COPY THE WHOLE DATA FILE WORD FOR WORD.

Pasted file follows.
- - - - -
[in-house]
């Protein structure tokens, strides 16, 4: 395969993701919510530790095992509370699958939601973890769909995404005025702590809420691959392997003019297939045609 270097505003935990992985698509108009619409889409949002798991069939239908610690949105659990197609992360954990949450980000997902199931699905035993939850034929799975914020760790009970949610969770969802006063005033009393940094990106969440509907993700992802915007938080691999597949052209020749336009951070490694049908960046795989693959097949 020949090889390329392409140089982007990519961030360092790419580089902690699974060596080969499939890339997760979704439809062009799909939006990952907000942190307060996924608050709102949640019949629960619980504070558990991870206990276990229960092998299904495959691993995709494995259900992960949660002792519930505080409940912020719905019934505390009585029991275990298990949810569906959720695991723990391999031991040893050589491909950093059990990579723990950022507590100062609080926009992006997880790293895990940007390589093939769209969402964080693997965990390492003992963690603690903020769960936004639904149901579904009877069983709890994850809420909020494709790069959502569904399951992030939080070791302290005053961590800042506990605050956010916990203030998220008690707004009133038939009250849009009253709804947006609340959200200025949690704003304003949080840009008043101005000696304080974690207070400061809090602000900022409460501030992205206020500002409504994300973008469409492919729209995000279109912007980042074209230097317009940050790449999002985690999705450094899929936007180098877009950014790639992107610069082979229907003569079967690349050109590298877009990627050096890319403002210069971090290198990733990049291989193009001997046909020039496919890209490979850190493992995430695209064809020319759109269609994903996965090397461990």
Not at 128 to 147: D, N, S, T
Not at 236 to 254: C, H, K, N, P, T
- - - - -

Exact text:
[in-house]
């Protein structure tokens, strides 16, 4: 395969993701919510530790095992509370699958939601973890769909995404005025702590809420691959392997003019297939045609 270097505003935990992985698509108009619409889409949002798991069939239908610690949105659990197609992360954990949450980000997902199931699905035993939850034929799975914020760790009970949610969770969802006063005033009393940094990106969440509907993700992802915007938080691999597949052209020749336009951070490694049908960046795989693959097949 020949090889390329392409140089982007990519961030360092790419580089902690699974060596080969499939890339997760979704439809062009799909939006990952907000942190307060996924608050709102949640019949629960619980504070558990991870206990276990229960092998299904495959691993995709494995259900992960949660002792519930505080409940912020719905019934505390009585029991275990298990949810569906959720695991723990391999031991040893050589491909950093059990990579723990950022507590100062609080926009992006997880790293895990940007390589093939769209969402964080693997965990390492003992963690603690903020769960936004639904149901579904009877069983709890994850809420909020494709790069959502569904399951992030939080070791302290005053961590800042506990605050956010916990203030998220008690707004009133038939009250849009009253709804947006609340959200200025949690704003304003949080840009008043101005000696304080974690207070400061809090602000900022409460501030992205206020500002409504994300973008469409492919729209995000279109912007980042074209230097317009940050790449999002985690999705450094899929936007180098877009950014790639992107610069082979229907003569079967690349050109590298877009990627050096890319403002210069971090290198990733990049291989193009001997046909020039496919890209490979850190493992995430695209064809020319759109269609994903996965090397461990």
Not at 128 to 147: D, N, S, T
Not at 236 to 254: C, H, K, N, P, T